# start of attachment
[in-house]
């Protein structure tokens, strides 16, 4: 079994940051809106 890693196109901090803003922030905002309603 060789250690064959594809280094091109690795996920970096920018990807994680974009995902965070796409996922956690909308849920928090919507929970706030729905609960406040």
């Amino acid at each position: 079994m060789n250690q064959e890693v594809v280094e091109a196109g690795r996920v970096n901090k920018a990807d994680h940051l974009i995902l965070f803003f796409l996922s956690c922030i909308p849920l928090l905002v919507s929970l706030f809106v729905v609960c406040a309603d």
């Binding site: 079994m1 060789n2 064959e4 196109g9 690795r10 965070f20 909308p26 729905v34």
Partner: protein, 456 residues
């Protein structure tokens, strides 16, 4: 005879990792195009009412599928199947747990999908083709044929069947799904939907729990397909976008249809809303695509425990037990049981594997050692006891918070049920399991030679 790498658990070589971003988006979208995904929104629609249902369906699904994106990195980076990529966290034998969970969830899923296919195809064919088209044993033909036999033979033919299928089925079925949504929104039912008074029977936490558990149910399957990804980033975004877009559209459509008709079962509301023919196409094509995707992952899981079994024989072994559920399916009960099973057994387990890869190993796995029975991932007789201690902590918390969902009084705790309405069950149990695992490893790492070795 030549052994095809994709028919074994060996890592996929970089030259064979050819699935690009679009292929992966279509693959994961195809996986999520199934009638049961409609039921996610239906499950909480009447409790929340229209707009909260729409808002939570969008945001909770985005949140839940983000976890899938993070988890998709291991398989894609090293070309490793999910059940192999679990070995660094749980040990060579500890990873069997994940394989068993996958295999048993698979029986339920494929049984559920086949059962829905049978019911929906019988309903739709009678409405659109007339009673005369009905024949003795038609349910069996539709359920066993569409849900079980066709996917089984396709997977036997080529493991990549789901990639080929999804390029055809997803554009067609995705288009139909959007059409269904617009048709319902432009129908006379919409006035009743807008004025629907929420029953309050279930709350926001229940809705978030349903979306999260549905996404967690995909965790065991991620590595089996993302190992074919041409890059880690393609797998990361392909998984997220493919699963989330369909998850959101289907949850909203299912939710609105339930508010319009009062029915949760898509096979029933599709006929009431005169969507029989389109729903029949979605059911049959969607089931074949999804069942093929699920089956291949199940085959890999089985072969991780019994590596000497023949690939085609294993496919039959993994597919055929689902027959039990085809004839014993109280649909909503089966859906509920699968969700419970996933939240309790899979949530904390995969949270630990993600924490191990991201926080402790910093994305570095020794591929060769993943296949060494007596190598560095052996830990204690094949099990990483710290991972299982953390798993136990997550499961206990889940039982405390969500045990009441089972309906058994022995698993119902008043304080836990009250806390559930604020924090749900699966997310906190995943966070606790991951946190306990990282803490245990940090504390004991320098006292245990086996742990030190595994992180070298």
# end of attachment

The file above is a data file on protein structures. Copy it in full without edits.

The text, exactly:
[in-house]
């Protein structure tokens, strides 16, 4: 079994940051809106 890693196109901090803003922030905002309603 060789250690064959594809280094091109690795996920970096920018990807994680974009995902965070796409996922956690909308849920928090919507929970706030729905609960406040």
């Amino acid at each position: 079994m060789n250690q064959e890693v594809v280094e091109a196109g690795r996920v970096n901090k920018a990807d994680h940051l974009i995902l965070f803003f796409l996922s956690c922030i909308p849920l928090l905002v919507s929970l706030f809106v729905v609960c406040a309603d």
């Binding site: 079994m1 060789n2 064959e4 196109g9 690795r10 965070f20 909308p26 729905v34």
Partner: protein, 456 residues
């Protein structure tokens, strides 16, 4: 005879990792195009009412599928199947747990999908083709044929069947799904939907729990397909976008249809809303695509425990037990049981594997050692006891918070049920399991030679 790498658990070589971003988006979208995904929104629609249902369906699904994106990195980076990529966290034998969970969830899923296919195809064919088209044993033909036999033979033919299928089925079925949504929104039912008074029977936490558990149910399957990804980033975004877009559209459509008709079962509301023919196409094509995707992952899981079994024989072994559920399916009960099973057994387990890869190993796995029975991932007789201690902590918390969902009084705790309405069950149990695992490893790492070795 030549052994095809994709028919074994060996890592996929970089030259064979050819699935690009679009292929992966279509693959994961195809996986999520199934009638049961409609039921996610239906499950909480009447409790929340229209707009909260729409808002939570969008945001909770985005949140839940983000976890899938993070988890998709291991398989894609090293070309490793999910059940192999679990070995660094749980040990060579500890990873069997994940394989068993996958295999048993698979029986339920494929049984559920086949059962829905049978019911929906019988309903739709009678409405659109007339009673005369009905024949003795038609349910069996539709359920066993569409849900079980066709996917089984396709997977036997080529493991990549789901990639080929999804390029055809997803554009067609995705288009139909959007059409269904617009048709319902432009129908006379919409006035009743807008004025629907929420029953309050279930709350926001229940809705978030349903979306999260549905996404967690995909965790065991991620590595089996993302190992074919041409890059880690393609797998990361392909998984997220493919699963989330369909998850959101289907949850909203299912939710609105339930508010319009009062029915949760898509096979029933599709006929009431005169969507029989389109729903029949979605059911049959969607089931074949999804069942093929699920089956291949199940085959890999089985072969991780019994590596000497023949690939085609294993496919039959993994597919055929689902027959039990085809004839014993109280649909909503089966859906509920699968969700419970996933939240309790899979949530904390995969949270630990993600924490191990991201926080402790910093994305570095020794591929060769993943296949060494007596190598560095052996830990204690094949099990990483710290991972299982953390798993136990997550499961206990889940039982405390969500045990009441089972309906058994022995698993119902008043304080836990009250806390559930604020924090749900699966997310906190995943966070606790991951946190306990990282803490245990940090504390004991320098006292245990086996742990030190595994992180070298």